Basal Anterior Lateral LV
The ability to localise the exit site for VT from the 12 lead ECG is dependent on many factors including the presence of normal or abnormal underlying myocardium, concomitant antiarrhythmic drugs and the mechanism of VT .
There are some general principles that can help guide an estimation of anatomical location based on interpretation of the 12 lead ECG.
A RBBB pattern suggest an LV origin while a LBBB pattern suggests an RV origin. Narrower QRS suggests the VT origin is closer to the ventricular septum compared with a wide QRS which supports an origin closer to ventricular free wall. However this may not help discriminate in cases of scar or hypertrophy. A superior axis (negative complex in II, III and aVF) supports VT originating from the apical region. An Inferior axis (positive in II, III and aVF) supports an origin at the base of the heart. Positive concordance in the chest leads suggest the origin is from the posterior of the heart with negative concordance suggesting an anterior origin.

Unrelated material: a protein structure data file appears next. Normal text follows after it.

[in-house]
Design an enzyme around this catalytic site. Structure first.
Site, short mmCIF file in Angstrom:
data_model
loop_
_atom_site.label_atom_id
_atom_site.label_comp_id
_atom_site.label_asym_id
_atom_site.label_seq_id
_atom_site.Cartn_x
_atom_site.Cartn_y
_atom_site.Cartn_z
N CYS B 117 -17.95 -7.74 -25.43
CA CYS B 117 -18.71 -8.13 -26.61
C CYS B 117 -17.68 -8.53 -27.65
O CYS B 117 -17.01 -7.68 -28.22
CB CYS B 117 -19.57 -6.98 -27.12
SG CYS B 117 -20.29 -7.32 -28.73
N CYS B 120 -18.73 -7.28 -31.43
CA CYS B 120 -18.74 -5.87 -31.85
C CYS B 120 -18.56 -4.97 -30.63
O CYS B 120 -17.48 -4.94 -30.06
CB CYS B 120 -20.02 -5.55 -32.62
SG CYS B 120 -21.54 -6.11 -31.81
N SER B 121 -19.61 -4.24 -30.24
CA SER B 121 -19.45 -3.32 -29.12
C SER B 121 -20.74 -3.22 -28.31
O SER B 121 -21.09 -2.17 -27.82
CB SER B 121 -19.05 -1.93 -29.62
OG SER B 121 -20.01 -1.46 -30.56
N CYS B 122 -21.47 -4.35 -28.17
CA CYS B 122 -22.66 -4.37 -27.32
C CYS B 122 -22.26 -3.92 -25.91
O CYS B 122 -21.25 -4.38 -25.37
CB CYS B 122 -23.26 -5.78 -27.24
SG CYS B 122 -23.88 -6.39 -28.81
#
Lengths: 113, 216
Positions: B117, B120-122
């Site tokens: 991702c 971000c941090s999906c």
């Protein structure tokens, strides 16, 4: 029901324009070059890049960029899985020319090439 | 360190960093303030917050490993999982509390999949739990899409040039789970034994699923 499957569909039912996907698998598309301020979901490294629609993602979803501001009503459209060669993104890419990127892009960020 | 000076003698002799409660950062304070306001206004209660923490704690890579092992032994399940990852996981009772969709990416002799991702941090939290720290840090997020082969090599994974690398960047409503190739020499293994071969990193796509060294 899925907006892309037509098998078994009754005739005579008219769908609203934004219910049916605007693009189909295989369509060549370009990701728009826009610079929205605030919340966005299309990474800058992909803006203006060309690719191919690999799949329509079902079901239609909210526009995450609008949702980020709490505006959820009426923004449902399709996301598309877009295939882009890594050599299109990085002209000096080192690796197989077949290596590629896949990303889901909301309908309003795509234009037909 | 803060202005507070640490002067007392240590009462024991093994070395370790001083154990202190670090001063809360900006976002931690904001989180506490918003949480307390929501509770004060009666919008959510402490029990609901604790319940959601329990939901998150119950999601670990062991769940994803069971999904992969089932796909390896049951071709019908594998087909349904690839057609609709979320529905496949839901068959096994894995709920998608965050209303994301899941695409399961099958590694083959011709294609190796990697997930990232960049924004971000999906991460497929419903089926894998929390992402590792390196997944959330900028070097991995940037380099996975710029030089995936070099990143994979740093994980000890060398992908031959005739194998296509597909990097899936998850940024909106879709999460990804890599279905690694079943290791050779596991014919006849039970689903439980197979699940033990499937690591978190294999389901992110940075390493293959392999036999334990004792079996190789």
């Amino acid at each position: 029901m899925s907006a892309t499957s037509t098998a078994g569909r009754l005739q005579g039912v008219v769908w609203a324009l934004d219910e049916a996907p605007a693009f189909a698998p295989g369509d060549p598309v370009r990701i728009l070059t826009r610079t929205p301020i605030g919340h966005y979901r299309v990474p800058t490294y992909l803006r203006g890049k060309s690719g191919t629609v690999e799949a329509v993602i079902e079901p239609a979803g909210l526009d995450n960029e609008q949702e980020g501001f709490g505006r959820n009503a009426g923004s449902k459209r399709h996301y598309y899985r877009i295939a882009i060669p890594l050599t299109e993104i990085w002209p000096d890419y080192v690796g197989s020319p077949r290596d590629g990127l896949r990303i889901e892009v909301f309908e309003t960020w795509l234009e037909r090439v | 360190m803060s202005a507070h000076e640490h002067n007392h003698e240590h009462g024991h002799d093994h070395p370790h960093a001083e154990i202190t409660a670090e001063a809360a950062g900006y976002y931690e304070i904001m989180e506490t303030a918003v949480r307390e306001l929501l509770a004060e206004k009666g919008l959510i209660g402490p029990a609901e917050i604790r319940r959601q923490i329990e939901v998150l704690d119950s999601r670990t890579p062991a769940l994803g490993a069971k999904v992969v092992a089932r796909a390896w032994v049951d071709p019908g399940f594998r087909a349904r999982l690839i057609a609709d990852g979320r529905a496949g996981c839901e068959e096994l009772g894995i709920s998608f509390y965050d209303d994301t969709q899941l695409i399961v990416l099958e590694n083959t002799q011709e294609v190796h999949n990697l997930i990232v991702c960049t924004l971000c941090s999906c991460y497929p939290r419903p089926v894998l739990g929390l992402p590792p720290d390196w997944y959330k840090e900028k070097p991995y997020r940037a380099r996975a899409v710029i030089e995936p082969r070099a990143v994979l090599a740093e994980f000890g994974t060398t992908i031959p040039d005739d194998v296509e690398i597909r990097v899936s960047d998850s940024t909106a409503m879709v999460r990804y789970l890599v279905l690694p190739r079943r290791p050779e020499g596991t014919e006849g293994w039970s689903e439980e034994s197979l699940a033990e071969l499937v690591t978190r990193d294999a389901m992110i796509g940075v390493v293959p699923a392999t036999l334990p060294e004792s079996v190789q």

Further recommended reading:
Using the twelve-lead electrocardiogram to localize the site of origin of ventricular tachycardia Josephson et al. April 2005Volume 2, Issue 4, Pages 443–446 https://doi.org/10.1016/j.hrthm.2004.12.014
Twelve-Lead ECG of Ventricular Tachycardia in Structural Heart Disease. De Riva et al. Circ Arrhythm Electrophysiol. 2015 Aug;8(4):951-62. doi: 10.1161/CIRCEP.115.002847. https://www.ahajournals.org/doi/full/10.1161/CIRCEP.115.002847